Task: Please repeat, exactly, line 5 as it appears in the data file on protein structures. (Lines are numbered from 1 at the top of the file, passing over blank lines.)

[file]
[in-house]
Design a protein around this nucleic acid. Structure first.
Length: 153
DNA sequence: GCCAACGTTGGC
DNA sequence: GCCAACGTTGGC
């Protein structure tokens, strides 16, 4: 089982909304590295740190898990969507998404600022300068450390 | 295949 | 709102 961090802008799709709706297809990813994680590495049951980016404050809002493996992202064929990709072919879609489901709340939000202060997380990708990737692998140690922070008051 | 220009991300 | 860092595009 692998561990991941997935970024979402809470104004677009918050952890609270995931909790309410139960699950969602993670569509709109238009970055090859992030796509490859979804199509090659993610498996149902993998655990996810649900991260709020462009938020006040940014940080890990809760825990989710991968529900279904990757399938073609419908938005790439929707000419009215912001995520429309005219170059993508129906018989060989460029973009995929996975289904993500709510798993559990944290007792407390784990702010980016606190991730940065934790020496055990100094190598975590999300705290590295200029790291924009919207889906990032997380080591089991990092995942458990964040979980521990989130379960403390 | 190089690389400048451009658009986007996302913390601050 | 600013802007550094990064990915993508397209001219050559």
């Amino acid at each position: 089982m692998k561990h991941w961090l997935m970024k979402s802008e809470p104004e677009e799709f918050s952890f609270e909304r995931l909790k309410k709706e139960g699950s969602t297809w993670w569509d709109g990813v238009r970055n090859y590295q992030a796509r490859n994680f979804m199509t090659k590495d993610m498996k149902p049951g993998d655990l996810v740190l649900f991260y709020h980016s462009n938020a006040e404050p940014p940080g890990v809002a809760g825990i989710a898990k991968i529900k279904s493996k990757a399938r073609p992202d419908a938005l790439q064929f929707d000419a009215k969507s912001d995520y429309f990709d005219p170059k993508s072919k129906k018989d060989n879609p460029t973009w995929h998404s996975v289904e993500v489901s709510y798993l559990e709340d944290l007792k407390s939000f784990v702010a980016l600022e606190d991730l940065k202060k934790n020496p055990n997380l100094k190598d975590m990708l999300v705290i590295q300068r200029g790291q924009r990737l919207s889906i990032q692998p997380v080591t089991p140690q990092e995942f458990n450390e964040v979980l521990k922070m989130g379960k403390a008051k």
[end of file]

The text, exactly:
DNA sequence: GCCAACGTTGGC